There are a lot of ways tough guys present. Some snarl and mean mug like Tyrique Jones. Some stare stone-faced daggers as they go to work like Tu Holloway. Some tell you about it while they do it to you like JP Macura.
When it comes down to brass tacks, though, all actual tough guys have one thing in common: they do not duck away from the task at hand. Plenty of pretend tough guys talk the talk when they’re under no pressure; actual tough guys want the responsibility when the stakes are the highest.
We already know Zach Freemantle (17/7/0) is an actual tough guy, and early on it looked like he would be the only story in today’s game. Xavier’s first possession ended in a three for the sophomore captain off of pick and pop action. Next time down, he tipped in a missed free throw by Paul Scruggs (17/1/7). Then he racked a jumper off the bounce, then another off of an assist from Dwon Odom (4/4/4). Before three minutes had come off the clock, Freemantle had 9 points and Xavier led 10-2.
If you thought Bradley would roll over like Oakland did, though, the next several minutes were a rude awakening. Xavier’s next sixteen possessions yielded just two points as the Braves mixed in an aggressive 3-2 zone that stymied Xavier’s ball movement and the Muskies couldn’t hit long jumpers like they had against Oakland. What was a 10-2 lead with 17 minutes left in the half was a 12-11 deficit at the under-8 timeout.
In an increasingly scrappy game, Xavier scrapped back. Out of the media break, your friend and mine Zach Freemantle hit another three. Paul Scruggs - one of the first Muskies to realize that jump shots weren’t the way forward today - started to attack the rim. He hit a couple of FTs, set up Kyky Tandy (4/1/1) for an open basket, then hit a jumper of his own off of a Tandy assist. One more Scruggs free throw sent the Muskies into the half leading (brace yourself) 22-20.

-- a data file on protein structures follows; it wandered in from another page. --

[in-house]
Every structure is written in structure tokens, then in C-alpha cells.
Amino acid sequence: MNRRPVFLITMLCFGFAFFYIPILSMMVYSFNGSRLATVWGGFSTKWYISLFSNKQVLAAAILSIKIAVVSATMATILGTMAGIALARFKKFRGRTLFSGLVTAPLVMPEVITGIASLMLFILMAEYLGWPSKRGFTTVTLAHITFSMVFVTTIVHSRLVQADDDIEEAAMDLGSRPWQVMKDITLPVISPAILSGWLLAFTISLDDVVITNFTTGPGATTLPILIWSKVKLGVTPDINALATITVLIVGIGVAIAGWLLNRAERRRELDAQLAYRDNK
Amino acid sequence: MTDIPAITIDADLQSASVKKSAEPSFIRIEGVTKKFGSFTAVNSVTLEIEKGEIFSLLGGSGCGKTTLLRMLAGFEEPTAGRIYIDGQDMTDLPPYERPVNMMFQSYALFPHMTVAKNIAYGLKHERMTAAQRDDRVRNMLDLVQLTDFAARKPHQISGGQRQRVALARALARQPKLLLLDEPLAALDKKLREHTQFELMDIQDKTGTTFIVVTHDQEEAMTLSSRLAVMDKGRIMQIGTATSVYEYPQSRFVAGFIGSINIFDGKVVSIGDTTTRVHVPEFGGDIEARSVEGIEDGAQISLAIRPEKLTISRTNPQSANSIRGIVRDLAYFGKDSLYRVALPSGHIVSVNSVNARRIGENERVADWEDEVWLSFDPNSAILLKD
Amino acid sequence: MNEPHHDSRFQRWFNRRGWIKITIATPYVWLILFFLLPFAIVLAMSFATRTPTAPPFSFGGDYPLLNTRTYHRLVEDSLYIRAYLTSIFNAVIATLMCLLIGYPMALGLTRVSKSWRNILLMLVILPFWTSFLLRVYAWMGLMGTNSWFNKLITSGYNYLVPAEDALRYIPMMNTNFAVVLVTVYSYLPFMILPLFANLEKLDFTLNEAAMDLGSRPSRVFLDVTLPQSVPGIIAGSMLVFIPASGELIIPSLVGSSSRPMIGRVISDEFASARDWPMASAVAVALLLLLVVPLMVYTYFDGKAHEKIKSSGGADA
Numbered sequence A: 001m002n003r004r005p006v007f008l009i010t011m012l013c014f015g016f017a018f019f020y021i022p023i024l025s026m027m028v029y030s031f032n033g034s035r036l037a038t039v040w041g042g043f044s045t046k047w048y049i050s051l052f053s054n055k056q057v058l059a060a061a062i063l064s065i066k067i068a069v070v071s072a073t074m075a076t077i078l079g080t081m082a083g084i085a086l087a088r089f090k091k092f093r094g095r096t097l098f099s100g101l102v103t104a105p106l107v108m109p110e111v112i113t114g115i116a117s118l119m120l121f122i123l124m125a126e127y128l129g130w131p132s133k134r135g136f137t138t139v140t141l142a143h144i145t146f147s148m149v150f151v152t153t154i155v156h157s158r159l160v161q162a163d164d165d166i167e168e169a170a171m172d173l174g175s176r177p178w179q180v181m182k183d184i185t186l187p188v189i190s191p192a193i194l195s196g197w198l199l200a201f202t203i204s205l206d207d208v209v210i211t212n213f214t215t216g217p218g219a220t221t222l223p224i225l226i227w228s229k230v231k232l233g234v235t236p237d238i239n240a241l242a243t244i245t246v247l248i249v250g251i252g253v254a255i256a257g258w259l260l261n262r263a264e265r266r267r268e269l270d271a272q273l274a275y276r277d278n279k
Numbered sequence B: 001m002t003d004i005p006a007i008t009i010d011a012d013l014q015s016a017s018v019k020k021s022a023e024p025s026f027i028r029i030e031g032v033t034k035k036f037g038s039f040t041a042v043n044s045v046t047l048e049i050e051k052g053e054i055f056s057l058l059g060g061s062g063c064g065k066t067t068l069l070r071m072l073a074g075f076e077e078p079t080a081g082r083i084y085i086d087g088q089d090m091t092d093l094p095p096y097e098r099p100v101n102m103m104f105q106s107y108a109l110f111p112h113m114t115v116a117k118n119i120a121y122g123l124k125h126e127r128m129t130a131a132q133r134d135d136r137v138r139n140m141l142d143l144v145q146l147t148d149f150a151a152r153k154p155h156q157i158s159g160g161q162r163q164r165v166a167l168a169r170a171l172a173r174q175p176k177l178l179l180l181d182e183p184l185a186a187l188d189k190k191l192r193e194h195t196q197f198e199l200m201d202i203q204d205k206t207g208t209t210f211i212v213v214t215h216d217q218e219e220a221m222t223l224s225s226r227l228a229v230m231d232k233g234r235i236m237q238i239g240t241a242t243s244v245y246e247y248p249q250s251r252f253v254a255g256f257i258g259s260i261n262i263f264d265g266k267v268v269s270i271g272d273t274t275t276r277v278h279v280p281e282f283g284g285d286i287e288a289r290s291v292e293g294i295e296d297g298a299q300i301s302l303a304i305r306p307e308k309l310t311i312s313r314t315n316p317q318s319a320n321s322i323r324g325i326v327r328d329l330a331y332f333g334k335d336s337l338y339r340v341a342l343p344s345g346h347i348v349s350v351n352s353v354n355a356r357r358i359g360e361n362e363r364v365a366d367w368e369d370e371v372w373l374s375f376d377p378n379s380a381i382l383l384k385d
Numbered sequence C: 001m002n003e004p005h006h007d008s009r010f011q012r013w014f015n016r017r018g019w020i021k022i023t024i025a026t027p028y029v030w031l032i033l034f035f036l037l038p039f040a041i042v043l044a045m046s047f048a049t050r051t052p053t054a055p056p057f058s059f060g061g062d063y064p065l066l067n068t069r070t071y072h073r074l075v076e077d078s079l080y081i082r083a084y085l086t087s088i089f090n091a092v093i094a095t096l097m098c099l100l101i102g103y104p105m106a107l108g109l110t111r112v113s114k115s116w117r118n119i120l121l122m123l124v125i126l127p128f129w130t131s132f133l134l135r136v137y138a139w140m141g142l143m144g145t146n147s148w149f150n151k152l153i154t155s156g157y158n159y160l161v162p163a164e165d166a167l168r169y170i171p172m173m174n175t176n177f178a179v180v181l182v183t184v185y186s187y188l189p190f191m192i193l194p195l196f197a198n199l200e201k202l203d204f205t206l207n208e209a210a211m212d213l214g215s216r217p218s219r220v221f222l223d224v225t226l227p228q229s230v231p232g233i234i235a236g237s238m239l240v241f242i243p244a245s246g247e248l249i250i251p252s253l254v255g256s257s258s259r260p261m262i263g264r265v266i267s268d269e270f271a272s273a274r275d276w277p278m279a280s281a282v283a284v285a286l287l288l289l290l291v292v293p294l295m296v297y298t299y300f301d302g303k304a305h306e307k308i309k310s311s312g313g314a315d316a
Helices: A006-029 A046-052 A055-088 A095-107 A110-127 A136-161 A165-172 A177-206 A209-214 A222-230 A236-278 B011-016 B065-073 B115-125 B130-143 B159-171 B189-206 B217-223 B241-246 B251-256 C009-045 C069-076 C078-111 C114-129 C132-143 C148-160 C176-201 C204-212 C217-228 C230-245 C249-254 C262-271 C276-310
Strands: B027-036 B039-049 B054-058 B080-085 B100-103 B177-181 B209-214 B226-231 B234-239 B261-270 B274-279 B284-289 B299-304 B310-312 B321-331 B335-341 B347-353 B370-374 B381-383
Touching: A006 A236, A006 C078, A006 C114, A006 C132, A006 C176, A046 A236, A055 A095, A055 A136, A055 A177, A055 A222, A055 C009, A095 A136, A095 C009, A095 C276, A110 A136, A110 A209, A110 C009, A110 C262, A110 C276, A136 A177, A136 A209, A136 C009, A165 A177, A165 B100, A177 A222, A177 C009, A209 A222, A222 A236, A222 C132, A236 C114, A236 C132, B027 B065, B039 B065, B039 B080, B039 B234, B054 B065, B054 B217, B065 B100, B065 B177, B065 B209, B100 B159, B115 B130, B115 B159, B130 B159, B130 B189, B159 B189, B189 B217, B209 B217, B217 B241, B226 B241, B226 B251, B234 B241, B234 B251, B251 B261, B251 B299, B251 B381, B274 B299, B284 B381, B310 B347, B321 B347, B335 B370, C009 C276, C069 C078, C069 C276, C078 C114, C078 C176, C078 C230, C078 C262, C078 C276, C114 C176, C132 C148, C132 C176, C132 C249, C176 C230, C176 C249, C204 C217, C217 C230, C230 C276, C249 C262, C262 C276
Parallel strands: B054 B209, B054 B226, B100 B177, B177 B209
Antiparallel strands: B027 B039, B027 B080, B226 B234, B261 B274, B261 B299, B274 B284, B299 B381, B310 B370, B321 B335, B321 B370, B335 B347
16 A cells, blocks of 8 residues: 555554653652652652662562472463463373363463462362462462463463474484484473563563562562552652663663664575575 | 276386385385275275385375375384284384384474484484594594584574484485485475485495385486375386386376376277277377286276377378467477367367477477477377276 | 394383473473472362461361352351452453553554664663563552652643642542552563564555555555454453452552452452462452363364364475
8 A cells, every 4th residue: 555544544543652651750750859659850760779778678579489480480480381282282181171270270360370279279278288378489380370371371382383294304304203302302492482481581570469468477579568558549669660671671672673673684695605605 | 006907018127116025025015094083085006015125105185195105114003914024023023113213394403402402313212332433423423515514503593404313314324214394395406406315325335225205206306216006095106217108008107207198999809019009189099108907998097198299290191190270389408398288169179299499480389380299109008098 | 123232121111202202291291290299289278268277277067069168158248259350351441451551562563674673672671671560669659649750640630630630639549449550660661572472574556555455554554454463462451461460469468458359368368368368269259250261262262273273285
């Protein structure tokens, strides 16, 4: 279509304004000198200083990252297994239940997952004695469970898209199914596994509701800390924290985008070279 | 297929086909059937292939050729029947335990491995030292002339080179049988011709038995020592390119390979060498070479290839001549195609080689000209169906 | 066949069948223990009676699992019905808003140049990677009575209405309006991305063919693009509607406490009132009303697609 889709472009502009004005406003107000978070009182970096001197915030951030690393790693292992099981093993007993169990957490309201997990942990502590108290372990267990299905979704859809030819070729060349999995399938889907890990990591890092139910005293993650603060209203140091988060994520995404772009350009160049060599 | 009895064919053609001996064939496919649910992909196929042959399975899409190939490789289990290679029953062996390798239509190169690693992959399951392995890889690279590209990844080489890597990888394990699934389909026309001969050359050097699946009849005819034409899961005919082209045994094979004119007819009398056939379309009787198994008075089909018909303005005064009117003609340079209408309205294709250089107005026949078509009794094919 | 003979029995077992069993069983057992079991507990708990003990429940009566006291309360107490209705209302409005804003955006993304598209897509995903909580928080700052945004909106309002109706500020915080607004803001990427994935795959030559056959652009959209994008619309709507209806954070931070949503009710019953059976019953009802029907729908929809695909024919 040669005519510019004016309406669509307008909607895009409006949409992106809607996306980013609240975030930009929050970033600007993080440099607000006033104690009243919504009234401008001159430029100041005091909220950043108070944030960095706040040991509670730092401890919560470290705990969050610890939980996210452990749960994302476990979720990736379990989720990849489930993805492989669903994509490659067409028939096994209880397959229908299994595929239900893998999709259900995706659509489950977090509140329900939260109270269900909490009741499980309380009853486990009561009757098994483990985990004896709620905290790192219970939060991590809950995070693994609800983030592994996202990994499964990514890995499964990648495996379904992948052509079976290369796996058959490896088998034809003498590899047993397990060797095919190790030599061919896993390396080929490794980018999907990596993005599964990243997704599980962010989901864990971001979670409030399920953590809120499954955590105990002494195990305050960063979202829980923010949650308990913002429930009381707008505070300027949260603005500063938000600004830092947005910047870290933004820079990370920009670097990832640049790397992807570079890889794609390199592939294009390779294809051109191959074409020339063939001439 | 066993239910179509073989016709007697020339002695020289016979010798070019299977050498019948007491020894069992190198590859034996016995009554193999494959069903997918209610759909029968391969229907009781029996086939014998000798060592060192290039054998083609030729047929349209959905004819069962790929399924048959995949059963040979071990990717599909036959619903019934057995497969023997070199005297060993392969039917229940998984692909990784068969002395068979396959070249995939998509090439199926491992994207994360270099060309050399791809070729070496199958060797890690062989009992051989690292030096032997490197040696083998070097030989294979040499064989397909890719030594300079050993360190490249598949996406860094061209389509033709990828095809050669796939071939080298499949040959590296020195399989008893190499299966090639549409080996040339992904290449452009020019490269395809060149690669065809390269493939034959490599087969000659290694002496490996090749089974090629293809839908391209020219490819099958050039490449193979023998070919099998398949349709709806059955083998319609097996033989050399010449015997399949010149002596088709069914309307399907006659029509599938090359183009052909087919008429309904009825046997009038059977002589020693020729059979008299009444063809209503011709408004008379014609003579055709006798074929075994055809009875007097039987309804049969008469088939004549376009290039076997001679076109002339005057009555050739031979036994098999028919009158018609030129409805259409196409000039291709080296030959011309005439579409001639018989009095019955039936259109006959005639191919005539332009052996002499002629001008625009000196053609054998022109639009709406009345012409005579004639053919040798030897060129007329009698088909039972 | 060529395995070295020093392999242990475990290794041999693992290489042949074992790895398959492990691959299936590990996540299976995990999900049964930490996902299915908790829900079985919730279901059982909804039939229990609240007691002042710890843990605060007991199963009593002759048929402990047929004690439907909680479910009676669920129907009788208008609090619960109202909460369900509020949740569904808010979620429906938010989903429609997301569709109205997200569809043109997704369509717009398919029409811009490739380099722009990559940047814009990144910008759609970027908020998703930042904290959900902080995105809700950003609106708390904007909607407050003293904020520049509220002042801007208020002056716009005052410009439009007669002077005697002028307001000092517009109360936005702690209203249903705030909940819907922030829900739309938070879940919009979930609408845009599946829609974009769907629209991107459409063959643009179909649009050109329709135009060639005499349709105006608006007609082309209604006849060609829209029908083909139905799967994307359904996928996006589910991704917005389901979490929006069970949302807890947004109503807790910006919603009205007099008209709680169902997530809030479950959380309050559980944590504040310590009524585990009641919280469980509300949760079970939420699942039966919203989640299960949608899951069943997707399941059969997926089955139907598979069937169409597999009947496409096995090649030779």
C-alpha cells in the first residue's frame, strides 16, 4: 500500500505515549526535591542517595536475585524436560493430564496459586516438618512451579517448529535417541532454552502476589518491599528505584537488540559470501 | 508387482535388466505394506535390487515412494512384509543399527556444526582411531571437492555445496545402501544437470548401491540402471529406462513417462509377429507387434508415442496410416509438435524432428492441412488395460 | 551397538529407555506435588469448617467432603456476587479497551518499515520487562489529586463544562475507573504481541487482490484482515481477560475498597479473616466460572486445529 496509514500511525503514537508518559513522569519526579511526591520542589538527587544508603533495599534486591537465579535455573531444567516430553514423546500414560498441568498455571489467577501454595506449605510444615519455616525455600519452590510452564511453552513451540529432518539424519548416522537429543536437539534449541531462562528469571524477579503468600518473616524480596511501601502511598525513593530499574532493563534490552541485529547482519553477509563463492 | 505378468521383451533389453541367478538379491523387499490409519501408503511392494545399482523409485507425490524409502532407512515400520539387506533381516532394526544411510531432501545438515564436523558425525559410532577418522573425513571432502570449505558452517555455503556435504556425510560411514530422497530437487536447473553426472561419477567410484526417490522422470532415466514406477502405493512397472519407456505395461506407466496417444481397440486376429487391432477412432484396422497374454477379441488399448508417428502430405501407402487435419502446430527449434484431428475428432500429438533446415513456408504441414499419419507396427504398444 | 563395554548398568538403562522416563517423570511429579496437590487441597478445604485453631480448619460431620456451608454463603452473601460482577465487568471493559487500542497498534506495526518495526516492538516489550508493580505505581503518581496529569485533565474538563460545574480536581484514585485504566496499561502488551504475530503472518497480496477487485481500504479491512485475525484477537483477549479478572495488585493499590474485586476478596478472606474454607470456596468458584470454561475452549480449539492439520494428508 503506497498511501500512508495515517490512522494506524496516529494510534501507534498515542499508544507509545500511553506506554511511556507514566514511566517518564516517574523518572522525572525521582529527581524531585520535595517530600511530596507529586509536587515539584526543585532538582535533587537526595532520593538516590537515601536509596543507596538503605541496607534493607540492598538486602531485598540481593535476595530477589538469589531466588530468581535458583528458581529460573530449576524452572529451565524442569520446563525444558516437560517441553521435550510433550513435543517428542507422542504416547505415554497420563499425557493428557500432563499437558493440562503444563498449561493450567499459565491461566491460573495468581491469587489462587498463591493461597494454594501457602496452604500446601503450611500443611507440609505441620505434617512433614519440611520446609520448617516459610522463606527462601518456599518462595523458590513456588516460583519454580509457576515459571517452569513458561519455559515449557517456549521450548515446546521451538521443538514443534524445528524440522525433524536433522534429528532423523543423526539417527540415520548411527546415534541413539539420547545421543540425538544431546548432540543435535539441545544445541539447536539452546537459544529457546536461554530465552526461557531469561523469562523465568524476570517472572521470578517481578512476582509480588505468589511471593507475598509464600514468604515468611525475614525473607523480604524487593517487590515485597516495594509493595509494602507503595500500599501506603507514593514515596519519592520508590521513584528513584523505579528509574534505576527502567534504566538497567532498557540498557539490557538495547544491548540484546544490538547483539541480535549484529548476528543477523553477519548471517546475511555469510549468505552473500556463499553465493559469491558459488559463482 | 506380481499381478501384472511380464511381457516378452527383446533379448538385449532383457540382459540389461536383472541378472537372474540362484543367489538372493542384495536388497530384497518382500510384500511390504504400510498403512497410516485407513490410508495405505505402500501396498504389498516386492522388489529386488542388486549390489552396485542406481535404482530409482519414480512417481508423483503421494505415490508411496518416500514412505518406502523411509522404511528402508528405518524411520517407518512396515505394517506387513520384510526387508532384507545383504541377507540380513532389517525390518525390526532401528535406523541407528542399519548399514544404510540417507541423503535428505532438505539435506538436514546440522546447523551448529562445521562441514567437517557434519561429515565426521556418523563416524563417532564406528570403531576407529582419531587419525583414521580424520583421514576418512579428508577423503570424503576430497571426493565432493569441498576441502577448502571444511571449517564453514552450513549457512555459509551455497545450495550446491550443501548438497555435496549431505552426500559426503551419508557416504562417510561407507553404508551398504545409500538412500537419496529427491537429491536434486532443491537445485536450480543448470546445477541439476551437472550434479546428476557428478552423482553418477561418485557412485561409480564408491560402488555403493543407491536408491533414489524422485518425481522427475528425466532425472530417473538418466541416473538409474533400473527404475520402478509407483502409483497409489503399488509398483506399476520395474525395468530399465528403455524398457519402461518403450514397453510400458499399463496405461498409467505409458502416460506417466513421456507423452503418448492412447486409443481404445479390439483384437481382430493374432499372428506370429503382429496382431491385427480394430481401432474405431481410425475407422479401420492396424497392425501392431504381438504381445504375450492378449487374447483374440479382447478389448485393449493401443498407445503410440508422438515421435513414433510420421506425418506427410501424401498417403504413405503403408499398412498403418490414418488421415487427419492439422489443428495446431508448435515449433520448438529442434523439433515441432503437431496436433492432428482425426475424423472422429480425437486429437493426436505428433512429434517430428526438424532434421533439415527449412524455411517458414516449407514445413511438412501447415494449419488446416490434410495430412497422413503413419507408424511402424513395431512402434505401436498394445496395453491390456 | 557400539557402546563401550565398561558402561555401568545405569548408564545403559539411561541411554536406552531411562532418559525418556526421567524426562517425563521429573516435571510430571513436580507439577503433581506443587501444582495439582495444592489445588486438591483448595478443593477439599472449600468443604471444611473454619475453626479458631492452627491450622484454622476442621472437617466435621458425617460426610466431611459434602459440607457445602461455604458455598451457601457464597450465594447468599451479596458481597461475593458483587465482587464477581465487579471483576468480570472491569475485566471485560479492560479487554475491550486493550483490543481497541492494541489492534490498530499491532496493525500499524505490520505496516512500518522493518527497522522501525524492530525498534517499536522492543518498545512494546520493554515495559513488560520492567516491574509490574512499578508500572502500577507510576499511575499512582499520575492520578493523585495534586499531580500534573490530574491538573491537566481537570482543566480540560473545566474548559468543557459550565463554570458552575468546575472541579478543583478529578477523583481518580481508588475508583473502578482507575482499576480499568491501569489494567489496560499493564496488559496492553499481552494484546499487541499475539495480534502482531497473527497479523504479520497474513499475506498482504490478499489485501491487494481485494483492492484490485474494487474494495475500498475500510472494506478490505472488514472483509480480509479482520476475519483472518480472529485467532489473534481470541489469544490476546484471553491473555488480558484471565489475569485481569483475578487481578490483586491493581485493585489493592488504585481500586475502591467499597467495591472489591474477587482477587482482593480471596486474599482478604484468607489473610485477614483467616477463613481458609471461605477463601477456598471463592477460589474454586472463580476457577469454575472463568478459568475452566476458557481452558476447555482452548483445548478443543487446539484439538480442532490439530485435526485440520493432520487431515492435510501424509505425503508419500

The game was every bit as pretty as the score makes it sound.
Out of the half, noted actual tough guy Paul Scruggs did his best to set the tone. With his jumper not falling - he shot 6-17/1-7/4-8 on the day - he was relentless in attacking the Bradley defense. He got his own shot and then assisted the next two buckets to lead Xavier’s charge out of the break. After another pick and pop three by Freemantle, Xavier was up 8 and Bradley needed a timeout.
It worked, and the subsequent 7-0 Bradley run was only broken by a Kyky Tandy jumper after a 4:33 scoring drought by Xavier. After Bradley pushed back with 5 straight to take a 36-33 lead, Paul Scruggs went on a personal 7-0 run punctuated by a big corner three off of a Dwon Odom assist to make it 40-36 Xavier with 10 to play. That was the last score in which the teams were separated by more than a basket.
Bradley took three and a half minutes to score their next five points, but Xavier had zero in that span and Bradley had the lead. Jason Carter (2/11/0) got a scrappy stickback to take the lead. Bradley answered with a bucket off of an offensive rebound their next time down. The teams exchanged empty possessions, then Zach Freemantle dunked Xavier back into the lead heading into the U4.